Home » Product » An Anciente Map of Fairie Land [This map by done by mye hande & finished on the daye of oure ladye MCMIX as a guide to alle children, olde and younge, whose belief is in the pleasant dreams of Faerieland ]

An Anciente Map of Fairie Land [This map by done by mye hande & finished on the daye of oure ladye MCMIX as a guide to alle children, olde and younge, whose belief is in the pleasant dreams of Faerieland ]

  • Author: SLEIGH, Bernard
  • Publisher: Whitwell Press, Plaistow, East London
  • Date: 1909
  • Dimensions: Sheet: 44.9 x 59.2 cms. Map: 41 x 55.6 cms


An Anciente Map of Fairie Land: virtually unknown 1909 precursor of Bernard Sleigh’s 1917 map of Fairyland. Of exceptional rarity.

About this piece:

Bernard Sleigh (artist) – Whitewell Press, Plaistow, East London (printers)


An Anciente Map of Fairie Land [This map by done by mye hande & finished on the daye of oure ladye MCMIX as a guide to alle children, olde and younge, whose belief is in the pleasant dreams of Faerieland ]

Sheet: 44.9 x 59.2 cms. Map: 41 x 55.6 cms. Lithographically printed map with hand colour, the paper laid on thin contemporary backing board and recto surface overlaid with thin layer of original varnish, the whole now slightly toned and browned, though attractively so and without any apparent detrimental effect to the overall condition of the map itself. A couple of very light and unobtrusive surface marks & abrasions to image. Some faint contemporary ink annotations to map and to upper blank margin, where Sleigh is mentioned as author of map, with his Birmingham address and the map’s retail price.

Of truly exceptional rarity.

This remarkable composition, the work of the eccentric Birmingham artist and illustrator, Bernard Sleigh [1872-1954], appears to be virtually unknown and almost completely unrecorded in current bibliographic reference sources.

An imaginary map of Fairyland, it was engraved & published some eight years before Sleigh’s far more famous and immensely popular panoramic map of the same subject, first published by Sidgwick and Jackson in December 1917.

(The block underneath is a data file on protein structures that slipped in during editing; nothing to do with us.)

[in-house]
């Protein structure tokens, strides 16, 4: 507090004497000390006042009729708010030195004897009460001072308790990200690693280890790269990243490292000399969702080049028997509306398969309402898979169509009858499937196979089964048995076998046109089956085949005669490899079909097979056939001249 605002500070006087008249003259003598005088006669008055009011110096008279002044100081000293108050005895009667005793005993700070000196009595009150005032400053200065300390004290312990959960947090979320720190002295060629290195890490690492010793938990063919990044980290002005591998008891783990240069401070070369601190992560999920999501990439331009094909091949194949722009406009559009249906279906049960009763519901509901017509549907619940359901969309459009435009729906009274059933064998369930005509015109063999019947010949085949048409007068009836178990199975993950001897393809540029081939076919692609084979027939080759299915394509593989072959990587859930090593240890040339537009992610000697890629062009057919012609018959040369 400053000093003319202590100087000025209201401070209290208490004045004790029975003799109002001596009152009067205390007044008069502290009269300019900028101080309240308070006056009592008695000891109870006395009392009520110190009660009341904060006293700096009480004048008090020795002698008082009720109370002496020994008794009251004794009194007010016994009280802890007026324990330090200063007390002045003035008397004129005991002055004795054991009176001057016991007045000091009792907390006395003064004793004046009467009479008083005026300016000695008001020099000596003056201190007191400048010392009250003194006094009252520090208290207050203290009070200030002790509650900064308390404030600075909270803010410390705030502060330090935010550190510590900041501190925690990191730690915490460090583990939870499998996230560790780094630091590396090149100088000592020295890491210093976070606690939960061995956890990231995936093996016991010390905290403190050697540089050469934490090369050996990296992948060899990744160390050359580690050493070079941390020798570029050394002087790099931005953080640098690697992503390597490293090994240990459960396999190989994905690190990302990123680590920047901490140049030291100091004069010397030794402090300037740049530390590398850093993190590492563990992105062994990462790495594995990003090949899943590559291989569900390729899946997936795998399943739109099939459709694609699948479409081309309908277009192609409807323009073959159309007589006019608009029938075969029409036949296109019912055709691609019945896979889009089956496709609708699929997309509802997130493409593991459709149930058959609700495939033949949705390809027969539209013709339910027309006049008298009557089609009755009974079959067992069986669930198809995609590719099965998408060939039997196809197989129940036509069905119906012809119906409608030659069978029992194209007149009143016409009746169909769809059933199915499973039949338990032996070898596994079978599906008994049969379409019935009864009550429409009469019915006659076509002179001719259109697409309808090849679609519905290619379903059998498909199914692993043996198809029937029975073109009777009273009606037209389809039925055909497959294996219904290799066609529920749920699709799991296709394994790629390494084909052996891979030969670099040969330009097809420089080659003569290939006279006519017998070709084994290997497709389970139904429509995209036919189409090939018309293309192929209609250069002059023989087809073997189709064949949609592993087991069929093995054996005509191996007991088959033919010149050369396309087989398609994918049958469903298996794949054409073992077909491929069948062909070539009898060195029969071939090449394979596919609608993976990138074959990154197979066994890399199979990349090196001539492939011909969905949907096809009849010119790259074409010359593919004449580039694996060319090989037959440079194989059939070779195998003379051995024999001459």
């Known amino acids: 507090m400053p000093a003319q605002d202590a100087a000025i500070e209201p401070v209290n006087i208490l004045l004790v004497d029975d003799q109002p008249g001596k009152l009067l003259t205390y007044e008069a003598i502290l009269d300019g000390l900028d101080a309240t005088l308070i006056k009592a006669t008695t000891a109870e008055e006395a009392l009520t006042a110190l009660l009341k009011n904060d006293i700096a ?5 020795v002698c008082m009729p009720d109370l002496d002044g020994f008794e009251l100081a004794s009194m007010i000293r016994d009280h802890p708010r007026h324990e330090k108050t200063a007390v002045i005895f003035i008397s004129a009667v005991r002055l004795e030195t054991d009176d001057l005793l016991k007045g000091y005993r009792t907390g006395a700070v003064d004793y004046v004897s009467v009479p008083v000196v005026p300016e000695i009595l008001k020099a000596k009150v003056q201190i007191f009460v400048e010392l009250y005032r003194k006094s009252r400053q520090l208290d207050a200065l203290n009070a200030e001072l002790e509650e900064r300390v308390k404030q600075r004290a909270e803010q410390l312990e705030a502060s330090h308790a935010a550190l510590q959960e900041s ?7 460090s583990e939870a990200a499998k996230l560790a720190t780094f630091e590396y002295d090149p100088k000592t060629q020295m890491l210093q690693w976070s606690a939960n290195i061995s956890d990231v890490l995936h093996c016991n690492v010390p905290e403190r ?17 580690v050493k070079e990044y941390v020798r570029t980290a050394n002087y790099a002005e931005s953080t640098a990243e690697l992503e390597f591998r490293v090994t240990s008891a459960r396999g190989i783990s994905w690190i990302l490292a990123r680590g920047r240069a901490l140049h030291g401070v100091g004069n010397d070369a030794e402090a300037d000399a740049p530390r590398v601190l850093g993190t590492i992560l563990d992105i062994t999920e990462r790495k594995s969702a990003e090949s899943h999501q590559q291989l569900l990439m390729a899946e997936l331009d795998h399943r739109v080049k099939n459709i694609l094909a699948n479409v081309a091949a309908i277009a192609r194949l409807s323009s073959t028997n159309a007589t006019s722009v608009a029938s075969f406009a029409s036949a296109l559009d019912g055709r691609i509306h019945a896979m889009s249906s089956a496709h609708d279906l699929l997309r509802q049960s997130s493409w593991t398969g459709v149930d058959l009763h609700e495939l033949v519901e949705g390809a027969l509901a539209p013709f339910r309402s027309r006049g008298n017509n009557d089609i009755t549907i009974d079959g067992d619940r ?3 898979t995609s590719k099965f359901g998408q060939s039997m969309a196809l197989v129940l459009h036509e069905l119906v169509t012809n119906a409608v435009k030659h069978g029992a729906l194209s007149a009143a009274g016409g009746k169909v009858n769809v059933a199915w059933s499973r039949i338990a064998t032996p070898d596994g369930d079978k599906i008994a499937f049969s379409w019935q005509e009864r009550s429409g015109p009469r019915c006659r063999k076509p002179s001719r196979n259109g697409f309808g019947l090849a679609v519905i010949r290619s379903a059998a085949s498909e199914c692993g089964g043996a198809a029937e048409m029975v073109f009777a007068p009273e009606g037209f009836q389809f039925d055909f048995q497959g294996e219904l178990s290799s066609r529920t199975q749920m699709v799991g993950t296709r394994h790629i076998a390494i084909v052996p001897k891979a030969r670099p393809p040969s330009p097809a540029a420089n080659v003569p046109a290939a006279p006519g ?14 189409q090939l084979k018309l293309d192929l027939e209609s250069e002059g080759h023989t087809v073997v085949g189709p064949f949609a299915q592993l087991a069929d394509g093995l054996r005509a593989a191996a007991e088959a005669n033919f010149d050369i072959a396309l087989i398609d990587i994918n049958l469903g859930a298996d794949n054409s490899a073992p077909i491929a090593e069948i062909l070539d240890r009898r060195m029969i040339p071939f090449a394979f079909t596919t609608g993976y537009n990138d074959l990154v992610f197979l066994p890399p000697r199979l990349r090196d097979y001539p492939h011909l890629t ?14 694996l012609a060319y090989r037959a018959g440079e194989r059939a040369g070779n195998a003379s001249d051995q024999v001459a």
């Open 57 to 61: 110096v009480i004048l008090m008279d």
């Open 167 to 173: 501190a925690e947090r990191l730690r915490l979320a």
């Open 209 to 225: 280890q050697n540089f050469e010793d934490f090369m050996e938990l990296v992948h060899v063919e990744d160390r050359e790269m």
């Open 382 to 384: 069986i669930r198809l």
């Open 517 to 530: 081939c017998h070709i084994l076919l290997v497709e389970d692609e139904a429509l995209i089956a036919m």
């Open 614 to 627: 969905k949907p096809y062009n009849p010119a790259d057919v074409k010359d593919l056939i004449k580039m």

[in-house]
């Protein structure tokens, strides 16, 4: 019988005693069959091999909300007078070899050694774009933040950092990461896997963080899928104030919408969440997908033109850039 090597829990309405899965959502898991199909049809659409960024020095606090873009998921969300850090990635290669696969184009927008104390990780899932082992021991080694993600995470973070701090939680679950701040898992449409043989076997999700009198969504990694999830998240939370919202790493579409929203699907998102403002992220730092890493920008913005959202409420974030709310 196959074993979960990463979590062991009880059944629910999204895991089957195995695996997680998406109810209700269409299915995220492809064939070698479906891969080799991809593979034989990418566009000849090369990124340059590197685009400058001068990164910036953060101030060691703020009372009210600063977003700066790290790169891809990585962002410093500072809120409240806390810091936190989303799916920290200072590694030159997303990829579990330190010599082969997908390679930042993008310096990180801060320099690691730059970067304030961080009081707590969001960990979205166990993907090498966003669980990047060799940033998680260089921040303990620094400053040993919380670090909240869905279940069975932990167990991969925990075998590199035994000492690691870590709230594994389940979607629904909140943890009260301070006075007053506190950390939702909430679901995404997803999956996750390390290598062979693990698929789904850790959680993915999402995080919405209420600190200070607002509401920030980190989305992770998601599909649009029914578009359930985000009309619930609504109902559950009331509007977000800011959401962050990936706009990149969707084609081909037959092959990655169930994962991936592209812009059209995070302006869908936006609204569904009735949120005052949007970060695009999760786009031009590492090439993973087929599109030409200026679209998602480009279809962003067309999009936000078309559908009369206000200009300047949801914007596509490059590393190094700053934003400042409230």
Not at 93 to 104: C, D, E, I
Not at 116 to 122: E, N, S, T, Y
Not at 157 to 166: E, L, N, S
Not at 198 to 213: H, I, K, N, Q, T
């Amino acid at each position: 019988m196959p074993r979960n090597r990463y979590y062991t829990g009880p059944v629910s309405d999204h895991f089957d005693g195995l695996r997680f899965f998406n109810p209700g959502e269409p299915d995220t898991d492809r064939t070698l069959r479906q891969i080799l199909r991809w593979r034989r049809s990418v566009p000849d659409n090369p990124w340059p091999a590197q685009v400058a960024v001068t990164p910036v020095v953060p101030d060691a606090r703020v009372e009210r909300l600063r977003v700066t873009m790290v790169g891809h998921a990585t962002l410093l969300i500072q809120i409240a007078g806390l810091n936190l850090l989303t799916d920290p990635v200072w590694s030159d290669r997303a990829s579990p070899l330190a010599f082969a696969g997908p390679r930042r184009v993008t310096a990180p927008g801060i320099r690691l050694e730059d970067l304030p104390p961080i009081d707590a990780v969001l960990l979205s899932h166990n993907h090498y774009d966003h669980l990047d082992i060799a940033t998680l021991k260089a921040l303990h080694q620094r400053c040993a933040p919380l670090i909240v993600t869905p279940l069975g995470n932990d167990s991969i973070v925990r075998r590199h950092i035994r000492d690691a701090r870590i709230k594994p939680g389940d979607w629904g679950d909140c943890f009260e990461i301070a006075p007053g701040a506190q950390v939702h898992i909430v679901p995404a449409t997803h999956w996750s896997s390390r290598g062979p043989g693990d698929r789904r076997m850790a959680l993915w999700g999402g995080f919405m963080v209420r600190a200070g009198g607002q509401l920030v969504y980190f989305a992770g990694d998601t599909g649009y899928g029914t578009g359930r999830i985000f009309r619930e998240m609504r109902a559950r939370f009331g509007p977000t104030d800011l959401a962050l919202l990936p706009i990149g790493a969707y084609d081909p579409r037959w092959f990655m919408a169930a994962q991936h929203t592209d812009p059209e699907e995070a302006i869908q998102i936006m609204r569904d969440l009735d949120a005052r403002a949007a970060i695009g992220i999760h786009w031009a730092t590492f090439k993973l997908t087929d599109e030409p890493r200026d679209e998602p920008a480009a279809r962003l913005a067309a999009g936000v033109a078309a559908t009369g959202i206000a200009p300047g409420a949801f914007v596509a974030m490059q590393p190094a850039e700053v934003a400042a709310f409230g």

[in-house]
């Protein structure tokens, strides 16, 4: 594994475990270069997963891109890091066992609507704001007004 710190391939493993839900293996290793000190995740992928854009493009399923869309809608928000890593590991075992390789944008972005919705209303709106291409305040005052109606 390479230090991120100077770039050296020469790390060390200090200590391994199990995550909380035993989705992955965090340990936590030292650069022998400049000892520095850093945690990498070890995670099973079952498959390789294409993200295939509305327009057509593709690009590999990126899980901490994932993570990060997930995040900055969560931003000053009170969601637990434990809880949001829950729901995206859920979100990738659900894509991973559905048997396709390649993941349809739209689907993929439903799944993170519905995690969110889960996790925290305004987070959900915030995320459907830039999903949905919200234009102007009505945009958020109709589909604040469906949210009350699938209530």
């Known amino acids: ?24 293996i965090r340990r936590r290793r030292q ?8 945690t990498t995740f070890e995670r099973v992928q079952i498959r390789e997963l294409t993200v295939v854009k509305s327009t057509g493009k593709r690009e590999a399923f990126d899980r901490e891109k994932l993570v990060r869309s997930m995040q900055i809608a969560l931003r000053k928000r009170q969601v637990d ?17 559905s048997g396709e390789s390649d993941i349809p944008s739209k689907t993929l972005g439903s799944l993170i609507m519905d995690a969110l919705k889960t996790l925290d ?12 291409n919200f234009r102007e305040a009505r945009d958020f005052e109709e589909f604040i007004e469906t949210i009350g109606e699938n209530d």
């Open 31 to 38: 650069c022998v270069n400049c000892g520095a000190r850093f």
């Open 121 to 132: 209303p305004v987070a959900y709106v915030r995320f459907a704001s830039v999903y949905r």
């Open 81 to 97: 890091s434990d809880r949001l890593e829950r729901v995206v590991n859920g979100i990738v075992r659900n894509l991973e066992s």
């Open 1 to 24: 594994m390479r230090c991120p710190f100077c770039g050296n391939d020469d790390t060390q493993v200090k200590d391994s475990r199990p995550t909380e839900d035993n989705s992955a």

It seems probable that it is this very map (rather than the later 1917 map) that Barbara Sleigh, Bernard Sleigh’s daughter, was describing when recounting her childhood recollections of her father in her autobiographical memoir, The Smell of Privet, pp.51-52:

Every day, after lunch, before he set off on his bicycle for the afternoon session at the Art School, he would read to the two of us. At first these stories were chosen for my brother, but I would sit on my father’s knee and listen to the flow of words with sleepy pleasure, whether I understood them or not…One wet holiday, my father drew a Map of Faeryland for us. On it were marked the sites of all our best-loved fairy-stories. There is Peter Pan’s House, and the palace of the Bell Dormante and the Bridge of Roc’s Eggs, and such succinct entries as “Here be bogles” and “Warlocks live here”. It has fascinated several generations of children.

Unlike Sleigh’s later panoramic bird’s eye map, this 1909 map is a more traditional two dimensional design. Taking the outline form of an Island, the would-be traveller journeys from the World, which is shown in the lower right corner, behind the encircling curtain of Rainbow Land. Negotiating the Dangerous Passage, dotted tracks lead along the Eastern shores of Fairyland, indicating potential landing places and havens for the would-be traveller. Notable havens include (for those who dare) the Witches Cemetery at the mouth of the Dragon River; the Harbour of Elfland, landing stage for the Good Folk; and Joy’s Haven, adjacent to Pixie Town. The map offers an encyclopaedic reference to popular myth, legend, folklore and fairy tale. Arthurian legend merges with Never Land and J M Barrie’s recently published Peter Pan. The Land of Nod sits adjacent to the fields of Avalon in the North of the Island. Several of the topographical features take on the same shape as their names suggest – so the Land of Nod takes on the features of a sleeping girl’s face; the Mermaid Caves the shape of a mermaid’s tail; Swan’s Neck Passage exactly as it’s name suggests, as also the Dragon River. The central section of Faerie Land is dissected by the greate wall…builded of stars by manie Elfin Emperours in dayes remote. Just to the north of the wall lie “the Golden Mountains, where is the vale of Paradise” and equally close by the hilltop bastion wherein lies the Sangrael (Holy Grail), closely guarded day and night.